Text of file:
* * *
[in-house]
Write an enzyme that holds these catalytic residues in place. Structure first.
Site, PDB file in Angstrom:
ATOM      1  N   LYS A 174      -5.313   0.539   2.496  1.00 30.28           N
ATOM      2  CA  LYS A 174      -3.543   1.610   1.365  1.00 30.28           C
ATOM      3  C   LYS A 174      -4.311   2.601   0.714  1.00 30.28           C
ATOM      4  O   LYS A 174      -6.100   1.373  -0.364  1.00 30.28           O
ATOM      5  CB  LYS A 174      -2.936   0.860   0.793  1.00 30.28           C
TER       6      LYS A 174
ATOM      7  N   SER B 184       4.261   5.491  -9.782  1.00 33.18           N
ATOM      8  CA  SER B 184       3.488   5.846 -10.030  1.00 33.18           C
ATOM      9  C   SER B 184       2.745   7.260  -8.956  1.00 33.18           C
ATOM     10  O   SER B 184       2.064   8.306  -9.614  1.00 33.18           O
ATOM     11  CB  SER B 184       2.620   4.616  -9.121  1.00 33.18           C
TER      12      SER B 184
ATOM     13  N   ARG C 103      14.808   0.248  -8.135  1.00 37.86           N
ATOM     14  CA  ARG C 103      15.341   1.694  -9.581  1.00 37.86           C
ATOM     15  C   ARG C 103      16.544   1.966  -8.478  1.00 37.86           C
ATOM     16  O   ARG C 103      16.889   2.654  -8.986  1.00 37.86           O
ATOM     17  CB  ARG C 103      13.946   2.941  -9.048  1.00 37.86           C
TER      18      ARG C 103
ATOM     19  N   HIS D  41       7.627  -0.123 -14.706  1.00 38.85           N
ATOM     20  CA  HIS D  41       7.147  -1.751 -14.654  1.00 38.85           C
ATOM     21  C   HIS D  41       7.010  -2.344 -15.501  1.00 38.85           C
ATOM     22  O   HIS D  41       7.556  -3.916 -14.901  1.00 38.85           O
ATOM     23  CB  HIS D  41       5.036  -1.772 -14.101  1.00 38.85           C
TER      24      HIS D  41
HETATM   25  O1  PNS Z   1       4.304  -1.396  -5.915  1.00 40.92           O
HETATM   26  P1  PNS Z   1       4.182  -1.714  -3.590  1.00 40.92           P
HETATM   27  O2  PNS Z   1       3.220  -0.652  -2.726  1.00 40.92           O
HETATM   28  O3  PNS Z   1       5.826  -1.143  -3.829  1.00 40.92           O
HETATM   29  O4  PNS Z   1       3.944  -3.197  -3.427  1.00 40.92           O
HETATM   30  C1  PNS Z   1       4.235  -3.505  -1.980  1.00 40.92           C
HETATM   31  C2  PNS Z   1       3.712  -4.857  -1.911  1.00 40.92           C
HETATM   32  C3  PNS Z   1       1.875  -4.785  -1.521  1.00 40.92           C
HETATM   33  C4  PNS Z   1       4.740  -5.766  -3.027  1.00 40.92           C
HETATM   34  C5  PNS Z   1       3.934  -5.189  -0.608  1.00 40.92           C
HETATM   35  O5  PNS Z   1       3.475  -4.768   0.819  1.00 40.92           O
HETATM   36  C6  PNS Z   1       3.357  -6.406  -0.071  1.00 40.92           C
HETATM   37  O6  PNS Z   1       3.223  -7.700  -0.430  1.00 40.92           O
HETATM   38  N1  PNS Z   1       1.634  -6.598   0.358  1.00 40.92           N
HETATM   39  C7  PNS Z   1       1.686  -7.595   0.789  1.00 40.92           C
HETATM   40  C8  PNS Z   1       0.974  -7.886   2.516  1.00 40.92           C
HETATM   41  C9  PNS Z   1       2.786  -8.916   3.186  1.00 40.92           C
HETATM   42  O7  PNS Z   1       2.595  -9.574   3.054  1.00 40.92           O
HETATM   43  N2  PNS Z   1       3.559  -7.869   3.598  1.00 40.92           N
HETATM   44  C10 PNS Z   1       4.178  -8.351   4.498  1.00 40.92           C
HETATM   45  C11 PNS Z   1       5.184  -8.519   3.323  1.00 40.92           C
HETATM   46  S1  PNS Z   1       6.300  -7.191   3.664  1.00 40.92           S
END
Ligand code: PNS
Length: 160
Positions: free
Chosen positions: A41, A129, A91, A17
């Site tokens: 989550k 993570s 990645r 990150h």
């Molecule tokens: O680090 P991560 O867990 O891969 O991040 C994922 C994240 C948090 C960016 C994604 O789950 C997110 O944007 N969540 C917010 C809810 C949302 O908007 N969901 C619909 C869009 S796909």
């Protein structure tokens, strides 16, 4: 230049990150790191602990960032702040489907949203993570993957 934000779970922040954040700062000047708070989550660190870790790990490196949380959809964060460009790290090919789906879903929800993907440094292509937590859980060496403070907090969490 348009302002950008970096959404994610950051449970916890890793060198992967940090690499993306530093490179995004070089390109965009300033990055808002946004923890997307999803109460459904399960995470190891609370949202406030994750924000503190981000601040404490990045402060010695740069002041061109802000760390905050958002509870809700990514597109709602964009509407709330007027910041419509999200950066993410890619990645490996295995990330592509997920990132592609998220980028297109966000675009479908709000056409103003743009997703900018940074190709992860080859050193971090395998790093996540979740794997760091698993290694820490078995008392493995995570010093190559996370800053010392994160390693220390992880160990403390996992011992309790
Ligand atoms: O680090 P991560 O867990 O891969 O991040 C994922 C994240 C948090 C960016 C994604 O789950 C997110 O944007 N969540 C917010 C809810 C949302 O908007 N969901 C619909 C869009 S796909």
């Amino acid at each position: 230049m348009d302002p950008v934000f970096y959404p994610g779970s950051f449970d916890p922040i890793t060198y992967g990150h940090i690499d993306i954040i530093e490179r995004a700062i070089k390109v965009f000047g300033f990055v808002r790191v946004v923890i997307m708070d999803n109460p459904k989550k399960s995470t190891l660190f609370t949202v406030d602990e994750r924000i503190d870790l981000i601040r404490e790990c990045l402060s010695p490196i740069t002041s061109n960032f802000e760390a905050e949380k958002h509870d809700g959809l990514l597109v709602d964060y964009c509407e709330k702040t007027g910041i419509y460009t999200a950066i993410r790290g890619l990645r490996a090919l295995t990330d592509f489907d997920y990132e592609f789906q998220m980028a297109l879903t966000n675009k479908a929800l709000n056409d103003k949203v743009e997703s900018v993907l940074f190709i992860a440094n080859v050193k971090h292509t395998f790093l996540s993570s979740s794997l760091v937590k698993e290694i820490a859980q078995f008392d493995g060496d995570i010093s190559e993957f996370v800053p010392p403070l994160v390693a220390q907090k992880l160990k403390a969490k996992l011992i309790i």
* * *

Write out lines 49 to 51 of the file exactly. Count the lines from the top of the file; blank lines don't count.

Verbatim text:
HETATM   46  S1  PNS Z   1       6.300  -7.191   3.664  1.00 40.92           S
END
Ligand code: PNS